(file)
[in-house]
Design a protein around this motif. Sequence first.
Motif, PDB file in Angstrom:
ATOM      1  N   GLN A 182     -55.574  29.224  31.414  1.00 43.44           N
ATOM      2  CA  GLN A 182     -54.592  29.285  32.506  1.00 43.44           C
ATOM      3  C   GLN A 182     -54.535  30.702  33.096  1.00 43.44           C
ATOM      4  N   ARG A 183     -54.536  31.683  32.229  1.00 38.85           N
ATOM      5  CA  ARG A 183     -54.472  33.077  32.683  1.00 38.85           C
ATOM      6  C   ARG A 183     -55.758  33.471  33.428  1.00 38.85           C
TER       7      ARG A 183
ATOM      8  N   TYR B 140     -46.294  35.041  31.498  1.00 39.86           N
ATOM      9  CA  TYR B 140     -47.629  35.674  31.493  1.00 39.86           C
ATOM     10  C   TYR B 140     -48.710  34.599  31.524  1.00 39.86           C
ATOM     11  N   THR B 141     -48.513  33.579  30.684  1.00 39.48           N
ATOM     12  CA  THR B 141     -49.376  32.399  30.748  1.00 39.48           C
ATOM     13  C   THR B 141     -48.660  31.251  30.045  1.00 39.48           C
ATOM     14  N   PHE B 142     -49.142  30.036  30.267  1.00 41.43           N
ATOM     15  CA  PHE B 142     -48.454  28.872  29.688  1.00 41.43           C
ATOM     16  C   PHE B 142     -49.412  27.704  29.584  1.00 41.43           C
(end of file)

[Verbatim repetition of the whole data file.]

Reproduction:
[in-house]
Design a protein around this motif. Sequence first.
Motif, PDB file in Angstrom:
ATOM      1  N   GLN A 182     -55.574  29.224  31.414  1.00 43.44           N
ATOM      2  CA  GLN A 182     -54.592  29.285  32.506  1.00 43.44           C
ATOM      3  C   GLN A 182     -54.535  30.702  33.096  1.00 43.44           C
ATOM      4  N   ARG A 183     -54.536  31.683  32.229  1.00 38.85           N
ATOM      5  CA  ARG A 183     -54.472  33.077  32.683  1.00 38.85           C
ATOM      6  C   ARG A 183     -55.758  33.471  33.428  1.00 38.85           C
TER       7      ARG A 183
ATOM      8  N   TYR B 140     -46.294  35.041  31.498  1.00 39.86           N
ATOM      9  CA  TYR B 140     -47.629  35.674  31.493  1.00 39.86           C
ATOM     10  C   TYR B 140     -48.710  34.599  31.524  1.00 39.86           C
ATOM     11  N   THR B 141     -48.513  33.579  30.684  1.00 39.48           N
ATOM     12  CA  THR B 141     -49.376  32.399  30.748  1.00 39.48           C
ATOM     13  C   THR B 141     -48.660  31.251  30.045  1.00 39.48           C
ATOM     14  N   PHE B 142     -49.142  30.036  30.267  1.00 41.43           N
ATOM     15  CA  PHE B 142     -48.454  28.872  29.688  1.00 41.43           C
ATOM     16  C   PHE B 142     -49.412  27.704  29.584  1.00 41.43           C